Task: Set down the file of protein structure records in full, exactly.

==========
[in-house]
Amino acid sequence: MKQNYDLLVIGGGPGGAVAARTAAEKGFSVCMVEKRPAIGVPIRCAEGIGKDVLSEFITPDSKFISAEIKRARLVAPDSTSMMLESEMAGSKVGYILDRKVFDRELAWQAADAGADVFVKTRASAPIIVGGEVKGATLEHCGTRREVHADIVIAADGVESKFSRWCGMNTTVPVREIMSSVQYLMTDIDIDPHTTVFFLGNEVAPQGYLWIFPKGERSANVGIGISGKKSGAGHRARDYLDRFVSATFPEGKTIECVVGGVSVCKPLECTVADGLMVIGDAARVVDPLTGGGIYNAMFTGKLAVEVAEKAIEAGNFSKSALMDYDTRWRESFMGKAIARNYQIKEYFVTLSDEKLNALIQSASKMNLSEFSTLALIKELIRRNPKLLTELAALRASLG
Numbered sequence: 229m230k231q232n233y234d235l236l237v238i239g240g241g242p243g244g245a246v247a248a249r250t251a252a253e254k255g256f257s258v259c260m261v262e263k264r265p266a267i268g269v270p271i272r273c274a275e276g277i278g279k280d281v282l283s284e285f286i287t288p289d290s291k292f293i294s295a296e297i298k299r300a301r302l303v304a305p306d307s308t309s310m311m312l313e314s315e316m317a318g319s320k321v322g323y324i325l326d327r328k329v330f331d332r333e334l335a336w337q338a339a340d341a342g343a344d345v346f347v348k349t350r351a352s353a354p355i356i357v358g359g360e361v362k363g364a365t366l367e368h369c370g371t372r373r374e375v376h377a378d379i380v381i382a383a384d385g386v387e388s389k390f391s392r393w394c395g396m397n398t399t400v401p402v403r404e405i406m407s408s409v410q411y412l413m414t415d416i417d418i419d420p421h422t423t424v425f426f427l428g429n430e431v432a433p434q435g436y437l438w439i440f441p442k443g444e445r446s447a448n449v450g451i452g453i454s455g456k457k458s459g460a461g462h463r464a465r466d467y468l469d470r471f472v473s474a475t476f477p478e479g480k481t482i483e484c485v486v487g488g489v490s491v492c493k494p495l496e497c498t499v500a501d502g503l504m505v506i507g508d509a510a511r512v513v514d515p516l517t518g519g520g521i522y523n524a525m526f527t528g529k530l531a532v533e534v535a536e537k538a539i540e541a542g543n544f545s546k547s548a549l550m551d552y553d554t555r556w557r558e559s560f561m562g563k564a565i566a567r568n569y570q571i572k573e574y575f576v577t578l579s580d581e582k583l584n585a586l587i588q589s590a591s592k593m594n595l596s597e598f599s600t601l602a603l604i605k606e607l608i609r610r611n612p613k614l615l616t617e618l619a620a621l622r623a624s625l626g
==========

[in-house]
Amino acid sequence: MKQNYDLLVIGGGPGGAVAARTAAEKGFSVCMVEKRPAIGVPIRCAEGIGKDVLSEFITPDSKFISAEIKRARLVAPDSTSMMLESEMAGSKVGYILDRKVFDRELAWQAADAGADVFVKTRASAPIIVGGEVKGATLEHCGTRREVHADIVIAADGVESKFSRWCGMNTTVPVREIMSSVQYLMTDIDIDPHTTVFFLGNEVAPQGYLWIFPKGERSANVGIGISGKKSGAGHRARDYLDRFVSATFPEGKTIECVVGGVSVCKPLECTVADGLMVIGDAARVVDPLTGGGIYNAMFTGKLAVEVAEKAIEAGNFSKSALMDYDTRWRESFMGKAIARNYQIKEYFVTLSDEKLNALIQSASKMNLSEFSTLALIKELIRRNPKLLTELAALRASLG
Numbered sequence: 229m230k231q232n233y234d235l236l237v238i239g240g241g242p243g244g245a246v247a248a249r250t251a252a253e254k255g256f257s258v259c260m261v262e263k264r265p266a267i268g269v270p271i272r273c274a275e276g277i278g279k280d281v282l283s284e285f286i287t288p289d290s291k292f293i294s295a296e297i298k299r300a301r302l303v304a305p306d307s308t309s310m311m312l313e314s315e316m317a318g319s320k321v322g323y324i325l326d327r328k329v330f331d332r333e334l335a336w337q338a339a340d341a342g343a344d345v346f347v348k349t350r351a352s353a354p355i356i357v358g359g360e361v362k363g364a365t366l367e368h369c370g371t372r373r374e375v376h377a378d379i380v381i382a383a384d385g386v387e388s389k390f391s392r393w394c395g396m397n398t399t400v401p402v403r404e405i406m407s408s409v410q411y412l413m414t415d416i417d418i419d420p421h422t423t424v425f426f427l428g429n430e431v432a433p434q435g436y437l438w439i440f441p442k443g444e445r446s447a448n449v450g451i452g453i454s455g456k457k458s459g460a461g462h463r464a465r466d467y468l469d470r471f472v473s474a475t476f477p478e479g480k481t482i483e484c485v486v487g488g489v490s491v492c493k494p495l496e497c498t499v500a501d502g503l504m505v506i507g508d509a510a511r512v513v514d515p516l517t518g519g520g521i522y523n524a525m526f527t528g529k530l531a532v533e534v535a536e537k538a539i540e541a542g543n544f545s546k547s548a549l550m551d552y553d554t555r556w557r558e559s560f561m562g563k564a565i566a567r568n569y570q571i572k573e574y575f576v577t578l579s580d581e582k583l584n585a586l587i588q589s590a591s592k593m594n595l596s597e598f599s600t601l602a603l604i605k606e607l608i609r610r611n612p613k614l615l616t617e618l619a620a621l622r623a624s625l626g